Should a URL terminate in a period? This question has been asked several times. Read this article to learn about the best practices for writing URLs.
Web addresses are unusual in that they resemble equations or long numbers rather than words. All of the rules for handling URLs in writing are based on personal preference, but certain styles work better than others.
Internal periods are always present in URLs, as are other punctuation marks and symbols like question marks, slashes, and percent signs. So, what happens if one appears at the conclusion of a sentence? Should you use a period or another type of terminal punctuation mark at the conclusion of the phrase as usual?
Remove the period to prevent the reader from inadvertently including it in the address? Or try something different, like putting quotation marks around the URL? Consider the medium i.e. print or the web when making a decision.
We have some handy tips for both:
Web addresses don’t need to be treated differently if you’re writing for print. Put a period, a question mark, or an exclamation point at the conclusion of the sentence, just as if it finished with a word or a number.
Since most people nowadays know that URLs don’t terminate in periods, there’s little chance that they’ll mistake the period for part of the address if they manually type it into an address bar. A good tactic is to color code the URL — for instance, use the font color blue.
Moreover, unlike web, text in print is not inherently clickable. So, even if you put a full-stop, there is no URL anchor that will be affected.
When you include a URL in any online environment where the link will be active, you also had to worry whether your URL was at the end of a sentence, the interface would automatically generate an active link on the address with a period in the end, and the link would be incorrect when people clicked on it. Although systems have improved, it is no longer required to leave a space.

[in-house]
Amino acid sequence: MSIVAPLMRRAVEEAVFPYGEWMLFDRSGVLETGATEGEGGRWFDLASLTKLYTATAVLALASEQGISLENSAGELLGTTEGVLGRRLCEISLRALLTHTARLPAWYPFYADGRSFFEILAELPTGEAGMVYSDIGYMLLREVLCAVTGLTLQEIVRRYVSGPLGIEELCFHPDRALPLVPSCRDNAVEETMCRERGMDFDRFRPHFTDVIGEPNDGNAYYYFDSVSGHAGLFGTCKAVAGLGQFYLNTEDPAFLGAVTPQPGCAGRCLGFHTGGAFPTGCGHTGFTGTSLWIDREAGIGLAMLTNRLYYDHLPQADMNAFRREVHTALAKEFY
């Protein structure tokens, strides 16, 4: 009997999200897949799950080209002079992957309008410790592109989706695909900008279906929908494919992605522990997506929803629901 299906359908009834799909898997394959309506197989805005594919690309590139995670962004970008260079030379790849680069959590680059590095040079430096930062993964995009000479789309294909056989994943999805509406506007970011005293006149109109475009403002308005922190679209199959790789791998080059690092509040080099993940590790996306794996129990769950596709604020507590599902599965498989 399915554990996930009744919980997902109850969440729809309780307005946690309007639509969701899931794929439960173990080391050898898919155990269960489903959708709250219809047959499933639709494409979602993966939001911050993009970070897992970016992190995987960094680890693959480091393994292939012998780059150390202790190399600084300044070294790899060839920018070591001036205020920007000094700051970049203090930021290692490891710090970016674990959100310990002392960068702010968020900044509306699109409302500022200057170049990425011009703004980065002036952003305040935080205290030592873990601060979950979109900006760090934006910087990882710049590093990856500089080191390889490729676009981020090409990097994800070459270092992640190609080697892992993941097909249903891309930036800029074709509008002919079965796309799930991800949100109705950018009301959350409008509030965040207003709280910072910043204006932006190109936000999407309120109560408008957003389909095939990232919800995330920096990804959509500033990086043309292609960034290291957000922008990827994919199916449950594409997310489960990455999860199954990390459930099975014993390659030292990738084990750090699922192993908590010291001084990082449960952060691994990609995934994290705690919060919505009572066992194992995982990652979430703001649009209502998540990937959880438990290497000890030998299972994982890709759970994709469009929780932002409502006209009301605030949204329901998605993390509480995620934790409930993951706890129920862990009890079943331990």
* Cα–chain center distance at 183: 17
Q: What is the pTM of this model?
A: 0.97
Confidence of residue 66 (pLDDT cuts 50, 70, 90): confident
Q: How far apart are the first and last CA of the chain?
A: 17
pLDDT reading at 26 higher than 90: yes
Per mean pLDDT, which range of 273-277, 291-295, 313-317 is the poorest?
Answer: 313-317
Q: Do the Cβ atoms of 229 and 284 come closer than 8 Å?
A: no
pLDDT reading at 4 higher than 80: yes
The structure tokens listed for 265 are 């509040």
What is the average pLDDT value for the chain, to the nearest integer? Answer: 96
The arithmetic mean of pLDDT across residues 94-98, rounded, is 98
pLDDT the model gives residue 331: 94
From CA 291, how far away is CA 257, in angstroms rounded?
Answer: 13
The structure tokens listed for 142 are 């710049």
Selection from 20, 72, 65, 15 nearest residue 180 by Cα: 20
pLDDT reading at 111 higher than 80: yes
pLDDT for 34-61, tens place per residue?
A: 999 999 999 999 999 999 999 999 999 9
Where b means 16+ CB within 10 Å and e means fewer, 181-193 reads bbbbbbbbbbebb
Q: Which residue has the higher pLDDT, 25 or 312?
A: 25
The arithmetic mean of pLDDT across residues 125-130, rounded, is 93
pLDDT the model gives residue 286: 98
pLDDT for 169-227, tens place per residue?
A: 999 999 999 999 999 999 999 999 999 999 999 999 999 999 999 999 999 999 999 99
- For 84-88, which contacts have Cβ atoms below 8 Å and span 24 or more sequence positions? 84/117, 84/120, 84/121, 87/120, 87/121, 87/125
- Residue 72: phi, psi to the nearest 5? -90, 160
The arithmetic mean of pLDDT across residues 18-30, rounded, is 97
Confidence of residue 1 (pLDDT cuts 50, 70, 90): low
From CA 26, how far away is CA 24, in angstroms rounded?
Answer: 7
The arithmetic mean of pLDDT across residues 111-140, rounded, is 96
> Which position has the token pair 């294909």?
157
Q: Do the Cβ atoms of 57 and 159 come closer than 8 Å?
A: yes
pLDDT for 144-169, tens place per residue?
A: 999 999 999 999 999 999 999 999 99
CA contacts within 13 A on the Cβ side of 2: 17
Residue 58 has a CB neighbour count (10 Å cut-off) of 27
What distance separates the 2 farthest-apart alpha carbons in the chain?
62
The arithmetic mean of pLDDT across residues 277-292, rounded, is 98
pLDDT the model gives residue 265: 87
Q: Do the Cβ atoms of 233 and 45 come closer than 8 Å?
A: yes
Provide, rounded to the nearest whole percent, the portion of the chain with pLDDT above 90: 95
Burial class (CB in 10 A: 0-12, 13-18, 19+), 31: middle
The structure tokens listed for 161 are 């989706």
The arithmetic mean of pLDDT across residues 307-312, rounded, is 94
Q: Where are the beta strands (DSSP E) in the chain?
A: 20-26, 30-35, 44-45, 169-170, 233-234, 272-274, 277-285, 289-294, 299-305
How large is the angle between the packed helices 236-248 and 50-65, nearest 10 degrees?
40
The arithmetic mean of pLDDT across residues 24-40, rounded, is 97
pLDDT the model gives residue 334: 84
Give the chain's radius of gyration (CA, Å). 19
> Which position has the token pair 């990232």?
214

So adding a period at the end of the sentence on many occasions works fine.
So, should a sentence ending with a URL terminate in a period?
The choice depends on your requirements. If you prefer to style your text in a way that seems appealing, you can opt for or against including a period. Following are some great alternatives:
- Rewrite the text such that the address does not appear at the end.
- Set the address off with a full stop (no period) like this:
- On web, replace the link with text that is hyperlinked; for example ‘follow this website to learn more about UX design.’ It’s recommended to leave off the terminal punctuation or rephrase the text, so the URL doesn’t come at the end unless you have complete control over how the address is produced.
This question is an excellent example of how quotation marks can be used. It removes any doubt about where the URL finishes and the surrounding text starts. In theory, quotation marks could be used in a URL, but they’d have to be encoded as URL anyhow.
This is similar to how quotation marks are commonly used to distinguish between use and mention. All characters in a URL, including punctuation characters, are referred to like characters in a URL string rather than being utilized as periods, slashes, colons, and so on. As a result, putting them in quotation marks makes great sense, for example,” www.uxpickle.com“. There’s a handy thread on WordReference about this.